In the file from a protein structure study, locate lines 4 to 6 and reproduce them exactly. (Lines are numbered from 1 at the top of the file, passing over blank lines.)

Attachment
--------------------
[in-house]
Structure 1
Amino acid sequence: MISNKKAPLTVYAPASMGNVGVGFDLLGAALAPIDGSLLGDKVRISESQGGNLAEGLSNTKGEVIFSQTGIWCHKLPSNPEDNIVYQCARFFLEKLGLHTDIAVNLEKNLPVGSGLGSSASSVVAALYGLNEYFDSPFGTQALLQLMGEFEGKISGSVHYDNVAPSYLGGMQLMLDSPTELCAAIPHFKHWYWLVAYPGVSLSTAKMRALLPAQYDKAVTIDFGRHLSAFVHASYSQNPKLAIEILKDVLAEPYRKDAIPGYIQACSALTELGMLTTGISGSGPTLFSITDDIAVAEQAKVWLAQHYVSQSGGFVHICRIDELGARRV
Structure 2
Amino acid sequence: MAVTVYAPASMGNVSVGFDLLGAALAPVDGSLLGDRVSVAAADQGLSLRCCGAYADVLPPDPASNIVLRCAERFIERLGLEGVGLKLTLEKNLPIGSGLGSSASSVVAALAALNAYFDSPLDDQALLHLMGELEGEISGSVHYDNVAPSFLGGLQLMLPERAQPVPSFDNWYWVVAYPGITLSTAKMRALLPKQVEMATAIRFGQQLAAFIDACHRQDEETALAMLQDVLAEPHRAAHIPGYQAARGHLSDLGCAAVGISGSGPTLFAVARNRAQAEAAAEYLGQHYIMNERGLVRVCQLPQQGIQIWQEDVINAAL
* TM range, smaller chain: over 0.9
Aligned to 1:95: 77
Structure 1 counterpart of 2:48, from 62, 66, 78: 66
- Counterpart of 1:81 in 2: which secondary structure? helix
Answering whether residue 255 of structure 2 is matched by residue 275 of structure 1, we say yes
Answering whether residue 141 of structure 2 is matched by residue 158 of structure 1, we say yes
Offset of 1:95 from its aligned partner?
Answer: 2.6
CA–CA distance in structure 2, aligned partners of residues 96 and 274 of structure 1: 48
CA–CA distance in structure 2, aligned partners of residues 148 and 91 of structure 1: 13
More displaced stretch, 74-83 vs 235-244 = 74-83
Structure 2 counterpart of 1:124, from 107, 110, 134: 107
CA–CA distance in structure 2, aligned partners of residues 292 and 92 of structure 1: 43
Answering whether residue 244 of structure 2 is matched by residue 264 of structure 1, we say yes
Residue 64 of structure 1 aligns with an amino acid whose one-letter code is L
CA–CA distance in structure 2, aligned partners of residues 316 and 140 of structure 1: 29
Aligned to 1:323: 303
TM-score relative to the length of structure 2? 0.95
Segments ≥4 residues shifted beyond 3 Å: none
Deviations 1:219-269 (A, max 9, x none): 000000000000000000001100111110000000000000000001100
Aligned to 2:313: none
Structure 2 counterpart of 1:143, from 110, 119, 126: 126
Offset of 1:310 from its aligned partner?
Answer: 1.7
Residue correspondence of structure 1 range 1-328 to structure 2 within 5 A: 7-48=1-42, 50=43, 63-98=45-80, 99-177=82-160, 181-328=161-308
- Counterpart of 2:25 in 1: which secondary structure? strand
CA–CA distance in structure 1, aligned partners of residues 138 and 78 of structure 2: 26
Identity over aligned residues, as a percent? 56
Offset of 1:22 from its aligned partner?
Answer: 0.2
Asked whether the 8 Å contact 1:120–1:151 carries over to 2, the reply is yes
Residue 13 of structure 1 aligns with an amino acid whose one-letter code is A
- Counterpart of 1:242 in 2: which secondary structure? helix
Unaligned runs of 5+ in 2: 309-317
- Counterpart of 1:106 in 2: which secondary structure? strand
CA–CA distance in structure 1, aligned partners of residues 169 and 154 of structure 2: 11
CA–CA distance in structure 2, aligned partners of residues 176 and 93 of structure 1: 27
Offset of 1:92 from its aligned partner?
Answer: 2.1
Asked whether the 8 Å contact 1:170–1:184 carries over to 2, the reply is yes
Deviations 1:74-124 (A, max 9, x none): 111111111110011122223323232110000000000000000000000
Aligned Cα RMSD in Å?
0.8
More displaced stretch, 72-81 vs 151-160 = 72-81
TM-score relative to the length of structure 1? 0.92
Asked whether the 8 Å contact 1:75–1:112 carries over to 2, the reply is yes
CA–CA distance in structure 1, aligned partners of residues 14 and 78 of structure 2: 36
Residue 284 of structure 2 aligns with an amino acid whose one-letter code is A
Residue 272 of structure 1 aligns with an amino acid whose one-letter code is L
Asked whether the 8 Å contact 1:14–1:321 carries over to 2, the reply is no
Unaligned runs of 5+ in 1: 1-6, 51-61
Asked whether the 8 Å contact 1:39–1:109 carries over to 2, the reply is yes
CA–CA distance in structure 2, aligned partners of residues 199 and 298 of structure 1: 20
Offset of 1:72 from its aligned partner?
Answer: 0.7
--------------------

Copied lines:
Structure 2
Amino acid sequence: MAVTVYAPASMGNVSVGFDLLGAALAPVDGSLLGDRVSVAAADQGLSLRCCGAYADVLPPDPASNIVLRCAERFIERLGLEGVGLKLTLEKNLPIGSGLGSSASSVVAALAALNAYFDSPLDDQALLHLMGELEGEISGSVHYDNVAPSFLGGLQLMLPERAQPVPSFDNWYWVVAYPGITLSTAKMRALLPKQVEMATAIRFGQQLAAFIDACHRQDEETALAMLQDVLAEPHRAAHIPGYQAARGHLSDLGCAAVGISGSGPTLFAVARNRAQAEAAAEYLGQHYIMNERGLVRVCQLPQQGIQIWQEDVINAAL
* TM range, smaller chain: over 0.9